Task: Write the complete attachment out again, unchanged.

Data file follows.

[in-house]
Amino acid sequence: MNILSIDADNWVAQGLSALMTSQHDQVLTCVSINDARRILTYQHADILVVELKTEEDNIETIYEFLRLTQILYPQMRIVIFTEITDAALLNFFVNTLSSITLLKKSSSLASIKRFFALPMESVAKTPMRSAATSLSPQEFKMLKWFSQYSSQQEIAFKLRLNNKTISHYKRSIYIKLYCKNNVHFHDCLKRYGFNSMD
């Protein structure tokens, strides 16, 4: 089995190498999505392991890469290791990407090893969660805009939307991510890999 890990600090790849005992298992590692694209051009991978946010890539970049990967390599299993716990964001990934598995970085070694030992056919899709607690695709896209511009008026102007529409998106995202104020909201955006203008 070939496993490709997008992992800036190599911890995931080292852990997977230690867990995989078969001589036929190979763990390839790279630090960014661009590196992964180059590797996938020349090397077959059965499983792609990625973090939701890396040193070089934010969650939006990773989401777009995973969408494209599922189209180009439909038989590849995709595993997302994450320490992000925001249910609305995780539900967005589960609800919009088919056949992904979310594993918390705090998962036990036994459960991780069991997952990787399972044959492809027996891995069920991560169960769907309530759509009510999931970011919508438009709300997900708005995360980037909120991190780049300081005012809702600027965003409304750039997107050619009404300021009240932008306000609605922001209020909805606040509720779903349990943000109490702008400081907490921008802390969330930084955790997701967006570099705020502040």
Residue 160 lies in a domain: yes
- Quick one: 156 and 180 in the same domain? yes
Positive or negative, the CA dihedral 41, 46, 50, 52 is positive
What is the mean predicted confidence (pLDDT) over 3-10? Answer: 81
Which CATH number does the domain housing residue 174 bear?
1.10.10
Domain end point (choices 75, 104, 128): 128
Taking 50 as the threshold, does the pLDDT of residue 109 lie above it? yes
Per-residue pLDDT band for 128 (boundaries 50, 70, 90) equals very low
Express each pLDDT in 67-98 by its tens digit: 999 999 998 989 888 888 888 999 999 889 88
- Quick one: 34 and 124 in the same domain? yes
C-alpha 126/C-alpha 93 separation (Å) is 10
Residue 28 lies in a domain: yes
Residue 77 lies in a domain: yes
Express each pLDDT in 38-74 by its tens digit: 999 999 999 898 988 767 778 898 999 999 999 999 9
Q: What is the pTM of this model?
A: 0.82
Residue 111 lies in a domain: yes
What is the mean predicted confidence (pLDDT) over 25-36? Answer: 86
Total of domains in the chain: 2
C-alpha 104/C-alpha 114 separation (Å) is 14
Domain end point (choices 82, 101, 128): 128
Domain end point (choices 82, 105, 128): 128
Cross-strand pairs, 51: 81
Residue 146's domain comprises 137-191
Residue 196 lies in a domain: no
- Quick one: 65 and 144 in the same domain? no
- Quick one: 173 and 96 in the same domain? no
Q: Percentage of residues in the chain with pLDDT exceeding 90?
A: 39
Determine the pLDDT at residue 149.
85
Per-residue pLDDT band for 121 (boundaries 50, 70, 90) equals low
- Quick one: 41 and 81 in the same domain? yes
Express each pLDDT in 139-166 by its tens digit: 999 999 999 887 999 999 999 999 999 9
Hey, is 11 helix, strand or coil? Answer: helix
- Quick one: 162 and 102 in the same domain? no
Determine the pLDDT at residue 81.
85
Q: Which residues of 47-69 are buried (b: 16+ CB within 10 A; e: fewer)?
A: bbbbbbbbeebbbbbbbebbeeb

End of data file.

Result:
[in-house]
Amino acid sequence: MNILSIDADNWVAQGLSALMTSQHDQVLTCVSINDARRILTYQHADILVVELKTEEDNIETIYEFLRLTQILYPQMRIVIFTEITDAALLNFFVNTLSSITLLKKSSSLASIKRFFALPMESVAKTPMRSAATSLSPQEFKMLKWFSQYSSQQEIAFKLRLNNKTISHYKRSIYIKLYCKNNVHFHDCLKRYGFNSMD
């Protein structure tokens, strides 16, 4: 089995190498999505392991890469290791990407090893969660805009939307991510890999 890990600090790849005992298992590692694209051009991978946010890539970049990967390599299993716990964001990934598995970085070694030992056919899709607690695709896209511009008026102007529409998106995202104020909201955006203008 070939496993490709997008992992800036190599911890995931080292852990997977230690867990995989078969001589036929190979763990390839790279630090960014661009590196992964180059590797996938020349090397077959059965499983792609990625973090939701890396040193070089934010969650939006990773989401777009995973969408494209599922189209180009439909038989590849995709595993997302994450320490992000925001249910609305995780539900967005589960609800919009088919056949992904979310594993918390705090998962036990036994459960991780069991997952990787399972044959492809027996891995069920991560169960769907309530759509009510999931970011919508438009709300997900708005995360980037909120991190780049300081005012809702600027965003409304750039997107050619009404300021009240932008306000609605922001209020909805606040509720779903349990943000109490702008400081907490921008802390969330930084955790997701967006570099705020502040």
Residue 160 lies in a domain: yes
- Quick one: 156 and 180 in the same domain? yes
Positive or negative, the CA dihedral 41, 46, 50, 52 is positive
What is the mean predicted confidence (pLDDT) over 3-10? Answer: 81
Which CATH number does the domain housing residue 174 bear?
1.10.10
Domain end point (choices 75, 104, 128): 128
Taking 50 as the threshold, does the pLDDT of residue 109 lie above it? yes
Per-residue pLDDT band for 128 (boundaries 50, 70, 90) equals very low
Express each pLDDT in 67-98 by its tens digit: 999 999 998 989 888 888 888 999 999 889 88
- Quick one: 34 and 124 in the same domain? yes
C-alpha 126/C-alpha 93 separation (Å) is 10
Residue 28 lies in a domain: yes
Residue 77 lies in a domain: yes
Express each pLDDT in 38-74 by its tens digit: 999 999 999 898 988 767 778 898 999 999 999 999 9
Q: What is the pTM of this model?
A: 0.82
Residue 111 lies in a domain: yes
What is the mean predicted confidence (pLDDT) over 25-36? Answer: 86
Total of domains in the chain: 2
C-alpha 104/C-alpha 114 separation (Å) is 14
Domain end point (choices 82, 101, 128): 128
Domain end point (choices 82, 105, 128): 128
Cross-strand pairs, 51: 81
Residue 146's domain comprises 137-191
Residue 196 lies in a domain: no
- Quick one: 65 and 144 in the same domain? no
- Quick one: 173 and 96 in the same domain? no
Q: Percentage of residues in the chain with pLDDT exceeding 90?
A: 39
Determine the pLDDT at residue 149.
85
Per-residue pLDDT band for 121 (boundaries 50, 70, 90) equals low
- Quick one: 41 and 81 in the same domain? yes
Express each pLDDT in 139-166 by its tens digit: 999 999 999 887 999 999 999 999 999 9
Hey, is 11 helix, strand or coil? Answer: helix
- Quick one: 162 and 102 in the same domain? no
Determine the pLDDT at residue 81.
85
Q: Which residues of 47-69 are buried (b: 16+ CB within 10 A; e: fewer)?
A: bbbbbbbbeebbbbbbbebbeeb